4. Traumatic Dento-Facial Injuries

Traumatic injuries to the teeth and jaws can happen for a variety of reasons. Situations our dentists have personally encountered include:

1. Children falling at the swimming pool area and chipping their front teeth.
2. Children falling at the playground and having a tooth fall out.
3. Joggers falling forward on the treadmill and hitting their front teeth on the machine.
4. Minor car accidents involving the patient’s lower jaw hitting the steering wheel resulting in a combined jawbone and teeth fracture.
5. Bamboo pole hitting a patient’s front tooth as they were doing housework at home.
6. Motorcycle / motorbike accidents involving deep facial lacerations due to the rider being flung off the bike, requiring fine stitches to the tongue, face and cheek.

Useful Information You Can Prepare For Your Dentist

1. When (Date and Time) and how did the trauma happen?
2. Was there any mud, soil or dirt involved in the injury?
3. Did you bring the tooth or tooth fragment if available?
Re-implantation of a dislodged tooth or re-bonding of a tooth fragment may be possible if done quickly (within 1 hour).
4. Was it a baby tooth?
Baby teeth are not re-implanted as doing so may cause injury to the permanent tooth underneath.
5. Did you manage to handle the tooth correctly to keep the root cells alive?
Do a gentle rinse in water if needed to remove debris. Do not scrub the tooth! Put it immediately in a biologically-friendly solution such as cold fresh milk or chilled saline solution (eye-wash sterile saline is acceptable). The tooth must be kept moist and re-implanted within 1h of being lost for the best chance of success, or the reimplantation may fail. Root canal treatment may need to be done on the tooth to prevent infection.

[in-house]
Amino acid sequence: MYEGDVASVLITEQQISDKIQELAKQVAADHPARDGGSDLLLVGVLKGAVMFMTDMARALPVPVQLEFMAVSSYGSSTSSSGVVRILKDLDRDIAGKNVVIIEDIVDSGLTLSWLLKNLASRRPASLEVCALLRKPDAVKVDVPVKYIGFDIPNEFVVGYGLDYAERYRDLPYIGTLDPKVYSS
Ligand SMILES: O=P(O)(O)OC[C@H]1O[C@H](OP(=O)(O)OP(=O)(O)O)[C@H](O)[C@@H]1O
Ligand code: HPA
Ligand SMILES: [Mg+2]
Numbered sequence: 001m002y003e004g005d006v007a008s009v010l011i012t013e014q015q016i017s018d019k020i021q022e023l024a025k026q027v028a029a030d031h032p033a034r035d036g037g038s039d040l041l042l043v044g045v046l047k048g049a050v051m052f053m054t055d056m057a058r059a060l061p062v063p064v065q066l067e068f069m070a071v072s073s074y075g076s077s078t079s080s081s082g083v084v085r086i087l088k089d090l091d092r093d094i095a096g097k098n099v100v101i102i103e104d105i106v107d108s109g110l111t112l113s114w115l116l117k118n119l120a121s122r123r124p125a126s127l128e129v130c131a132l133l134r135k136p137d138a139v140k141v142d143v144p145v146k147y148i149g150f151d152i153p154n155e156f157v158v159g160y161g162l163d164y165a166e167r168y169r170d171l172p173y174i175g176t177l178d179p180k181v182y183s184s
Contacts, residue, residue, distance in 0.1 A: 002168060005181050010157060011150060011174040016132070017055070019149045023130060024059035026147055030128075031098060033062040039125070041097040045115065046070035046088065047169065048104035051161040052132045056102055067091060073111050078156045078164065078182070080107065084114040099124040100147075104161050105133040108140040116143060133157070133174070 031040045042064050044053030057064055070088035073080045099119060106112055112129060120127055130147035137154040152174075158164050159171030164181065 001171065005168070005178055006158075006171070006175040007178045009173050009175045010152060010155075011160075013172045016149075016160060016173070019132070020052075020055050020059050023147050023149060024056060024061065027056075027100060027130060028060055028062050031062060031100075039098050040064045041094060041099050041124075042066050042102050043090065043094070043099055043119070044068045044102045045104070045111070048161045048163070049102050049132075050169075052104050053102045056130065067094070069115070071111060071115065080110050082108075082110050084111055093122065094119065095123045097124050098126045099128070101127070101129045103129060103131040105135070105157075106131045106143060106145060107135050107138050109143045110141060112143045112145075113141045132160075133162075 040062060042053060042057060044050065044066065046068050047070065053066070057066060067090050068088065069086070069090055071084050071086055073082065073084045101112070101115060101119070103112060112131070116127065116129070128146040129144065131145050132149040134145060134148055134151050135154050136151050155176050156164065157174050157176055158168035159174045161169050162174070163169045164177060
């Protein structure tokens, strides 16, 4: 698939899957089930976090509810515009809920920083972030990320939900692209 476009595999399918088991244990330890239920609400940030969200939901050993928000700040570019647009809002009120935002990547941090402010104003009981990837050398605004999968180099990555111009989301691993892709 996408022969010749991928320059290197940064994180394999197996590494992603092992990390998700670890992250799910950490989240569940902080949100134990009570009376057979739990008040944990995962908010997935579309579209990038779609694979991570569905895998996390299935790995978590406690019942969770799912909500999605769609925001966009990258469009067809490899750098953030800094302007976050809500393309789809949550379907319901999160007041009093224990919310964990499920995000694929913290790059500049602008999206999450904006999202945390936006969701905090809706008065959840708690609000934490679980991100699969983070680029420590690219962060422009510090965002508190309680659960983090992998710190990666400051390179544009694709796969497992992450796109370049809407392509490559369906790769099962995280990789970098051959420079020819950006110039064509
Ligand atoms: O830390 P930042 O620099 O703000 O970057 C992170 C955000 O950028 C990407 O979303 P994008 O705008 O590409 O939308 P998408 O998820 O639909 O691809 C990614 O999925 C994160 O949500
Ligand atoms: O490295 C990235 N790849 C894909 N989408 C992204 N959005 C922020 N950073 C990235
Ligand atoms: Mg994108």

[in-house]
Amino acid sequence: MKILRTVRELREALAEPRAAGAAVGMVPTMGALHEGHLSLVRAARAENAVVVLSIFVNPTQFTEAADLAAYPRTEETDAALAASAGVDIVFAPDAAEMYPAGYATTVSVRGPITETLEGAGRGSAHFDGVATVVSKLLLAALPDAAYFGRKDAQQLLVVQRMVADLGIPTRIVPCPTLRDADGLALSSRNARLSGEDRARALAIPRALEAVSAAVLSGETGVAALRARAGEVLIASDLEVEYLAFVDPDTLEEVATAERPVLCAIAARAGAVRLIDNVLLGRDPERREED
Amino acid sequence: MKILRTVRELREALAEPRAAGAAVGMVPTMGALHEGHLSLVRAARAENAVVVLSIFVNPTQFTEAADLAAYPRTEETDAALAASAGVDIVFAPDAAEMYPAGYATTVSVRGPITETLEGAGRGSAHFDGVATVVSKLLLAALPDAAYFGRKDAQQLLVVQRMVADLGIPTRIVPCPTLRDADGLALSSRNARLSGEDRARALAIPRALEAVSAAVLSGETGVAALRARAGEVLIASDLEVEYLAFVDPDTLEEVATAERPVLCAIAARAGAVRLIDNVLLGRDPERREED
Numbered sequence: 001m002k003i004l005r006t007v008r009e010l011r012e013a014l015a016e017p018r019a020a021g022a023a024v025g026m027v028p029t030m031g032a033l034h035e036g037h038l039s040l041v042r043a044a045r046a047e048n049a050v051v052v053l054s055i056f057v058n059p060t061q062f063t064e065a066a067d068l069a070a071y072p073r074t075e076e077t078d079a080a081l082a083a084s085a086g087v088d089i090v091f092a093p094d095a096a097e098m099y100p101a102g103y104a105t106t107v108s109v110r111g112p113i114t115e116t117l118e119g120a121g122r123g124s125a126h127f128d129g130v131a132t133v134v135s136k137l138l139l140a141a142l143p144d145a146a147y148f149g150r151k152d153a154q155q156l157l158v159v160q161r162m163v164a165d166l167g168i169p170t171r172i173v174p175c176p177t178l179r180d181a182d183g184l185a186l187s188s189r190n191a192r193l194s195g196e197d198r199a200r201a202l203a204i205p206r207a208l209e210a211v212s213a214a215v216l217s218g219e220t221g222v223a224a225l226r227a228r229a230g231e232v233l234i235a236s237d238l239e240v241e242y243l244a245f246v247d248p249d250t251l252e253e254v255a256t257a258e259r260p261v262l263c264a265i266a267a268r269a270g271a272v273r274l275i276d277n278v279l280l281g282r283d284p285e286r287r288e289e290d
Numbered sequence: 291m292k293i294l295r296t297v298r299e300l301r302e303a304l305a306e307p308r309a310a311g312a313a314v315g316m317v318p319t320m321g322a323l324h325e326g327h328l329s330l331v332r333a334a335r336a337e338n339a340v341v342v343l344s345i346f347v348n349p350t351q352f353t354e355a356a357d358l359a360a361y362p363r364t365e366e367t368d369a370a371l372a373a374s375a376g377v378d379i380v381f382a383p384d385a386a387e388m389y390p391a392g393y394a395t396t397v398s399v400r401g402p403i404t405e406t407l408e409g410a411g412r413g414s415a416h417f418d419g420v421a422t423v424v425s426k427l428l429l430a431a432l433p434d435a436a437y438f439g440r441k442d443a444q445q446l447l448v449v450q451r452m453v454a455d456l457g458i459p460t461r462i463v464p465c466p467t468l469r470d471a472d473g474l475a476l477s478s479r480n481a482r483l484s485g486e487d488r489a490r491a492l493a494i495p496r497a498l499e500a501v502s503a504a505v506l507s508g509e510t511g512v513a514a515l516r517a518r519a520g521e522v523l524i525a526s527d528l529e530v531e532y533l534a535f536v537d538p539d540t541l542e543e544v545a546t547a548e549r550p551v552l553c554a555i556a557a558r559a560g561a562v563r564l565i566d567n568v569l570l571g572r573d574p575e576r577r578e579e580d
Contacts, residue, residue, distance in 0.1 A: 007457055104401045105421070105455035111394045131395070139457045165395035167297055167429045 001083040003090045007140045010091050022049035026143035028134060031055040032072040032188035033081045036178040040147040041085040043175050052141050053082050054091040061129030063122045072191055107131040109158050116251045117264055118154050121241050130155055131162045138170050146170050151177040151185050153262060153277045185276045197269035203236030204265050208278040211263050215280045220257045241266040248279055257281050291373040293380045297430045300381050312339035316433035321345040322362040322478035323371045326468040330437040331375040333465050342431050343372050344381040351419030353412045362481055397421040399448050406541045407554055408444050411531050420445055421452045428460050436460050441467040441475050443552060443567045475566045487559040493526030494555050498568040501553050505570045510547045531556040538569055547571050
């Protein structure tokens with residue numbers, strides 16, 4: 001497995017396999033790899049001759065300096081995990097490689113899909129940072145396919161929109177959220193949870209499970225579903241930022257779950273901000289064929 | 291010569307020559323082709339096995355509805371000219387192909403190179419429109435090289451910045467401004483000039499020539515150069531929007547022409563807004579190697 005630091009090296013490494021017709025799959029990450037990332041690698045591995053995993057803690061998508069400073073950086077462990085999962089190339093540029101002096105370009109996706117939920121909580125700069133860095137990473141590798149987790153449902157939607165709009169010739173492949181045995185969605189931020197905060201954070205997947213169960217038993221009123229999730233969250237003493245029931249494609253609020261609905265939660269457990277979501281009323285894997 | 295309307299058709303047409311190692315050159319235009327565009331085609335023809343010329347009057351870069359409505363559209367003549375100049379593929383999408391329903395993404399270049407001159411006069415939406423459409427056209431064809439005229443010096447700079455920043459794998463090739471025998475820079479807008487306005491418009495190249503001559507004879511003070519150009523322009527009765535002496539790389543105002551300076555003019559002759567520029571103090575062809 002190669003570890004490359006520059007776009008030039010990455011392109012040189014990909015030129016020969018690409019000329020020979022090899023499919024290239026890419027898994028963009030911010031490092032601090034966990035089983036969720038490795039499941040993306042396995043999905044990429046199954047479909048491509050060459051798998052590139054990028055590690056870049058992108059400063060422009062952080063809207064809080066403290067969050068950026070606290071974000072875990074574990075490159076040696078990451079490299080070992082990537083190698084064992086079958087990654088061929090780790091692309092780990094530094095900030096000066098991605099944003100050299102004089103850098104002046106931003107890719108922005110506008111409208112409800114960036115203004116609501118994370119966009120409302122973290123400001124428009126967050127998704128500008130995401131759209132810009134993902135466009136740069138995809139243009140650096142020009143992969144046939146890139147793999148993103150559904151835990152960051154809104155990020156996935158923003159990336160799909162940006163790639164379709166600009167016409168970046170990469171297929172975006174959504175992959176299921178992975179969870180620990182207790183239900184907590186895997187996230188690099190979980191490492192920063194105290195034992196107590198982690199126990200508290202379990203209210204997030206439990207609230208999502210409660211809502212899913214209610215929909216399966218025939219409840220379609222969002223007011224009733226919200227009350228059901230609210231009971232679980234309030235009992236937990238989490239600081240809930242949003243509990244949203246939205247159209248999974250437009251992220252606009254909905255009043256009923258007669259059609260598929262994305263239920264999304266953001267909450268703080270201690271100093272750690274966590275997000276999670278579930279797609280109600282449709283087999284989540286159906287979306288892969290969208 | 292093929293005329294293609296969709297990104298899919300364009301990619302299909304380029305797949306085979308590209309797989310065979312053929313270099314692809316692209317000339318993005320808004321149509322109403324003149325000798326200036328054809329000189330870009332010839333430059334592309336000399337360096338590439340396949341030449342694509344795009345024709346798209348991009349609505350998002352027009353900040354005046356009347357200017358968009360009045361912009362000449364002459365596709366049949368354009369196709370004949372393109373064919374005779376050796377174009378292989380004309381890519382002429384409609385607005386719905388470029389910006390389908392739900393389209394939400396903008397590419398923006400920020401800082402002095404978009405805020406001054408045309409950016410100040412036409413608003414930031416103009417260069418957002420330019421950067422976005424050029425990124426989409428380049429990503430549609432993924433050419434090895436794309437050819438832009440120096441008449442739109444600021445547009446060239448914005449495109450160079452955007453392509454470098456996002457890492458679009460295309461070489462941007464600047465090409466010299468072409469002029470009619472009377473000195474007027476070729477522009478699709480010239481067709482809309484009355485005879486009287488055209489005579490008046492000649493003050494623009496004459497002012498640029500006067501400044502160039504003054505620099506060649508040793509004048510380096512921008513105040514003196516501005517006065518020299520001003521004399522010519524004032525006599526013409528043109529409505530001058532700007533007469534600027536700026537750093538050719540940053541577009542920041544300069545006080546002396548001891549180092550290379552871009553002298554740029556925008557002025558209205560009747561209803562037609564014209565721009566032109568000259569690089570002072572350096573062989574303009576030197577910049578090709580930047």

6. Any head injury? Was there any point of time that you lost consciousness or blacked out?
In such cases, the dentist may refer you to the hospital A & E to check for head injuries or internal bleeding.

What Will The Dentist Do?

Re-implanting avulsed (dislodged) teeth is an extremely time-critical process.

Teeth that have been properly stored may possibly be re-implanted with immediate root canal treatment if deemed appropriate.
It is better to see the nearest dentist ASAP for first aid if if there is a dislodged (avulsed) whole tooth that maybe be re-implanted as a delay of more than 1h will drastically reduce the chances of success.

Teeth that have been displaced from their original position can be pushed back into place within the first 8 – 12 hours. This may no longer be possible after 24 – 48 hours.

The dentist may take X-rays and / or photos to document your injury. These may be used as supporting documents if you have to submit insurance claims.

If there is any severe bleeding, the dentist may stop the bleeding for you first with compression or stitches.

Dirty wounds such as with mud / sand will need to be thoroughly cleaned / debrided with disinfectants such as Chlorhexidine and Hydrogen Peroxide to reduce the chance of subsequent infection.
Shaky / loose teeth or jaw bone may be fixed with a splint to reduce movement for proper healing.

Teeth that have suffered hard impact may undergo internal tissue death over the next few days or weeks and may require root canal treatment in the near future once there are obvious signs of infection.
Medications such as analgesics or antibiotics may be prescribed.


The dentist may give you review appointments at regular intervals to monitor your recovery by following up with the required tests to see if further treatment is required.